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Op-Ed: Deep racial inequality persists in the U.S. — but many Americans don’t want to believe it

Illustration of a black male figure standing on coins and a white male figure atop cash.
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Progress toward racial equality in the United States is real — and possible — if we look, for instance, at changes in racial attitudes across time.

However, a rigid belief that progress is automatic, natural, linear or always forward moving, lends itself to the denial of the persistence of racial inequality in the funding gaps between public schools serving majority white students versus those serving children of color, the disproportionate death and hospitalization rate during the COVID-19 pandemic in communities of color, and the Black-white wealth gap. This denial remains a big obstacle to real progress in so many spheres.

My colleagues and I study perceptions of racial inequality in society, and we find that Americans largely believe that society has made more progress toward equality than we have.

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In one study, we asked a sample of 1,008 American adults that represented the U.S. in terms of race, region and income, to estimate the average wealth of Black families compared with white families in 1963. Respondents thought that for every $100 in wealth held by white families, Black families had $50 on average. They believed there was inequality, but the scale was entirely wrong. In reality, according to federal data, the median Black family only had $6 in wealth for every $100 held by white families.

When asked to make the same comparison for 2016, they estimated that for every $100 held by white families, Black families had $90 on average. Federal data, however, show that Black families in 2016 held $11 for every $100 held by white families. The Black-white wealth gap was nearly as large as it was in 1963.

Many Americans have a hard time recognizing the magnitude and persistence of racial inequality because, psychologically, we resist these truths. Psychologists refer to this kind of broad bias in perception as “motivated cognition” — that is, most Americans want to live in a society that is more racially equal, and so they engage in mental actions that ignore, discount or downplay contradictory evidence to maintain coherence between belief and reality.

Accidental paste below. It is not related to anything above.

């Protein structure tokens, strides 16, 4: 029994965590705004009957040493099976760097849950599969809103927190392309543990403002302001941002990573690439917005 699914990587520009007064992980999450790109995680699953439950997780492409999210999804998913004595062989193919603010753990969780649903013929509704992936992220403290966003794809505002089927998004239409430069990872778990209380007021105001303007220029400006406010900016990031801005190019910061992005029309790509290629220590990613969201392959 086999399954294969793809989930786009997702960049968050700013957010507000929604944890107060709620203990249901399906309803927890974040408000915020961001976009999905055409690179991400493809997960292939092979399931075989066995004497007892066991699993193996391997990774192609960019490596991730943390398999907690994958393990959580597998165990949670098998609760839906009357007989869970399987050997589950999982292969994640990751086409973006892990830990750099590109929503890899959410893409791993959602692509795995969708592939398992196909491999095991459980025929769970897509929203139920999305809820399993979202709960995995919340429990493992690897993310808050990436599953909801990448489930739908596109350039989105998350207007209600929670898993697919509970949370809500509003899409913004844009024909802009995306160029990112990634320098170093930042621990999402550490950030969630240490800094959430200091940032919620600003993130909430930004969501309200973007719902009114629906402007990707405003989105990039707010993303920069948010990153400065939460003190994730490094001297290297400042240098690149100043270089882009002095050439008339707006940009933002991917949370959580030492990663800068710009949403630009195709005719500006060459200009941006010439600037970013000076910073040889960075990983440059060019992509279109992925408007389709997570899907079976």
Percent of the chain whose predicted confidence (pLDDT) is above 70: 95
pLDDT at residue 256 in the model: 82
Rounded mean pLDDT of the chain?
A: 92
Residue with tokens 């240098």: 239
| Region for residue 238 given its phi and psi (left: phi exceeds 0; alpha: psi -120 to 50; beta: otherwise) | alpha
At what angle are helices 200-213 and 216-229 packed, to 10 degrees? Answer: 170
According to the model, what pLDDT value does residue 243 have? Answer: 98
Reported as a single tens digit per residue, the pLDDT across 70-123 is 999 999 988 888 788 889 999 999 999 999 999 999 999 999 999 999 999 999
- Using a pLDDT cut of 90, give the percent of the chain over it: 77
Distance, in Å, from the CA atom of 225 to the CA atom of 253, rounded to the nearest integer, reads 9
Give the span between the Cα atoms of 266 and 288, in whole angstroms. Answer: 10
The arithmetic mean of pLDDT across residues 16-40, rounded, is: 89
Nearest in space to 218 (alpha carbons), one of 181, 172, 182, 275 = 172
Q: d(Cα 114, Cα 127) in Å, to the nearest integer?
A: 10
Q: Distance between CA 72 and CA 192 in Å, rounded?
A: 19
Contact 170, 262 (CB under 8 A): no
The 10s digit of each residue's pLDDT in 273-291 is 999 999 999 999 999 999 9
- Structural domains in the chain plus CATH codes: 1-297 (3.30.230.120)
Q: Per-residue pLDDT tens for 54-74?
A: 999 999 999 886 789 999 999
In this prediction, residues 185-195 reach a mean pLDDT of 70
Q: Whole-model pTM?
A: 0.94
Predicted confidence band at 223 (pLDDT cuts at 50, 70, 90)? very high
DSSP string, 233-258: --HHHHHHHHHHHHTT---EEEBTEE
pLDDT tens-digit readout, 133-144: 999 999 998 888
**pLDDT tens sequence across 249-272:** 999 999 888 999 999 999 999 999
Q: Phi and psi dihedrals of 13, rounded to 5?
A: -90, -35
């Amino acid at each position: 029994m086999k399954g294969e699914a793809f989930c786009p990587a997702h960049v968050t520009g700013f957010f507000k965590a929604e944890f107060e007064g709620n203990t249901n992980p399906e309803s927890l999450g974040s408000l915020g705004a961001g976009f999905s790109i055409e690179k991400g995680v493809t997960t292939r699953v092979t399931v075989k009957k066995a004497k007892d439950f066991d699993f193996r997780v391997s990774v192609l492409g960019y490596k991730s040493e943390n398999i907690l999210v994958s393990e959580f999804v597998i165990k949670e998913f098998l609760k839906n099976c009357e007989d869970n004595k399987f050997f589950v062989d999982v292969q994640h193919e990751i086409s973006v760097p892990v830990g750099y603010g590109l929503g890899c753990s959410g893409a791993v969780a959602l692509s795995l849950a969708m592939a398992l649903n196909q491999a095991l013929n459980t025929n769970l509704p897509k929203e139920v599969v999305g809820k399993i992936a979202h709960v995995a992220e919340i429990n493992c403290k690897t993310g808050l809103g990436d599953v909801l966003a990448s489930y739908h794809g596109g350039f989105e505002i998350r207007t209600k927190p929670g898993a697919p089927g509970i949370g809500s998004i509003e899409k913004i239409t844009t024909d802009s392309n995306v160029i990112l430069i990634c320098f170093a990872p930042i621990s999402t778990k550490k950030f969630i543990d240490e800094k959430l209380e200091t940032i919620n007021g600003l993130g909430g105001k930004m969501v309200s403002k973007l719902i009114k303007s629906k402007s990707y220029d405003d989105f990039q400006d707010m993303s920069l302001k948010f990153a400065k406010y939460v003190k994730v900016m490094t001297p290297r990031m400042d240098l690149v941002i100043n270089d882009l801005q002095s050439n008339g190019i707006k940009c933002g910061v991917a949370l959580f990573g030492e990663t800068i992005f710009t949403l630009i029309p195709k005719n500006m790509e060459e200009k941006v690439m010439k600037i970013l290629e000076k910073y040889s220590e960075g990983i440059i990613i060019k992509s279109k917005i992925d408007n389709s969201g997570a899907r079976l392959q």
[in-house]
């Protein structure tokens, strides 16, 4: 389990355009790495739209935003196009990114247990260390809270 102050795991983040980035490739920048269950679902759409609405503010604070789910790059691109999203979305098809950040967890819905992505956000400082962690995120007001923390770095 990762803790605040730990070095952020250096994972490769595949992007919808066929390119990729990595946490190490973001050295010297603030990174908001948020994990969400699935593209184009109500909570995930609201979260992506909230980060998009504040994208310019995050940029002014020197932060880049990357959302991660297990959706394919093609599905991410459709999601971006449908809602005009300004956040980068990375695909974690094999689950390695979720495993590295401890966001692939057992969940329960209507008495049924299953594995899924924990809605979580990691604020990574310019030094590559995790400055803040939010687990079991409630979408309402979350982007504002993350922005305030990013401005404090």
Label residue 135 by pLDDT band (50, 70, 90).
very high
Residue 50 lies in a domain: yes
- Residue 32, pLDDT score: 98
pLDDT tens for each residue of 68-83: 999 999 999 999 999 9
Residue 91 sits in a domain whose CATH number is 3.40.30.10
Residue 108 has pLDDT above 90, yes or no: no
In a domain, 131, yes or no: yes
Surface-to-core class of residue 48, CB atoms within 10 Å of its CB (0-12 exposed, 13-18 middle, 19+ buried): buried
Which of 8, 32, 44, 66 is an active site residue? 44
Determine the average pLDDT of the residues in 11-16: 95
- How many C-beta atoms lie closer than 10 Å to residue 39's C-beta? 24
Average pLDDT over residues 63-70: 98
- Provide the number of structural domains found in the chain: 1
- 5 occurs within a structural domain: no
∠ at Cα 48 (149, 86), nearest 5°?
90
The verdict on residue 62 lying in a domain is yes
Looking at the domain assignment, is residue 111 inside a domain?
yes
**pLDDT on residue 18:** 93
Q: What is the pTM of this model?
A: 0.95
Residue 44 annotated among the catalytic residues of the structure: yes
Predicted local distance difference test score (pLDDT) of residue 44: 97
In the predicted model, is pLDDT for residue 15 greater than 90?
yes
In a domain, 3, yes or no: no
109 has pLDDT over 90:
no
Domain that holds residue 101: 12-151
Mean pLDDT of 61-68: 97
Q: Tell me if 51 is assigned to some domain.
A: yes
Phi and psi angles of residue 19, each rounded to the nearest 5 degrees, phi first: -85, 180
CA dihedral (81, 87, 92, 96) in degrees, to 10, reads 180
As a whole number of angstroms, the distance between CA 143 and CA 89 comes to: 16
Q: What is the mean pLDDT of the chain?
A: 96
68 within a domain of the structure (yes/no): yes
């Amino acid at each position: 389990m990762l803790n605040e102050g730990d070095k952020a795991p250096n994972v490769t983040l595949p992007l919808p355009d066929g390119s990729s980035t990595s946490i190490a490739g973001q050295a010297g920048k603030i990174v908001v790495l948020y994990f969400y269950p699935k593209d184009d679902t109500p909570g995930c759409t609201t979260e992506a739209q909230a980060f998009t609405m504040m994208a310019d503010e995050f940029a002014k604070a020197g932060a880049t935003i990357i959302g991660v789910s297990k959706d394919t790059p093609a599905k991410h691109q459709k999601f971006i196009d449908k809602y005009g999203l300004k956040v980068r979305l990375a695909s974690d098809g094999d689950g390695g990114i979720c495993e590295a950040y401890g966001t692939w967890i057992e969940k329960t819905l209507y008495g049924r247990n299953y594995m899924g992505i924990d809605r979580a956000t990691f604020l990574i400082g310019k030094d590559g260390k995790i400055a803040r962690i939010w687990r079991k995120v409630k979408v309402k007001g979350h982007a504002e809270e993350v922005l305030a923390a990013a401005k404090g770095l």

Current efforts to ban the teaching of America’s violent and unjust racial history in public schools are a form of motivated cognition. Another example, from one of our studies, is how the perception of Asian Americans as high-achieving leads to a significant underestimation of the wealth gap between Asian and white Americans, which downplays the economic inequality that burdens some Asian American communities.

Our data suggest a profound, and possibly willful, ignorance about the persistence of racial inequality among those most likely to benefit from it. In one study, among white and high-income respondents, we saw an insistence that more racial progress has been achieved — measured by overestimates of current racial equality — than among Black and low-income respondents. When progress toward equality is seen as inevitable, incentives for equitable political action are low.

We have also been examining ways to cut through motivated cognition on racial inequality. In a recent study, we created three tests to see whether stories or data would be more effective in helping people grasp the magnitude of current Black-white wealth inequality.

In one test, we discussed Black-white inequality through the perspective of a single Black family contending with significant challenges in their housing, financial wealth and educational circumstances. In another version, we discussed Black-white inequality through large summaries of data in the domains of housing, wealth and education. A third version combined the two approaches. After these sessions, a diverse sample of participants from New Haven, Conn., had a chance to express their views and think through solutions about inequality in a nonjudgmental setting.

We found that communicating with data, rather than a story, promoted more accurate estimates of the magnitude of current Black-white wealth inequality, increased acknowledgment of systemic white advantage in society, and did so equally for both white respondents and respondents of color. We believe that using data in a context where respondents could learn and speak freely about racial inequality, without being judged by our research staff, made it easier for the participants to absorb information about the magnitude of racial inequality in society.

Interestingly, the story of a single Black family did not change incorrect estimates of the Black-white wealth gap — possibly because it focused too narrowly on one case and heightened thoughts about what that particular family could do to overcome bias. In contrast, explanations based on data cast racism as a structural, rather than an individual, problem affecting whole groups based on their racial identity.

Although the effect of these sessions waned over time, the study suggests that educational initiatives of this sort, if made widespread, might be effective in helping people grasp the persistence of structural racism.

Progress toward racial equality is possible, but it will not unfold automatically, even with better education. Nevertheless, awareness and education are necessary precursors to action — whether that involves school board decisions, federal protection of voting rights or equity-focused employment programs. Unless Americans understand and acknowledge inequality as a fact, we won’t be able to build the political consensus needed for real change.

Michael Kraus is a social psychologist and an associate professor at Yale University.

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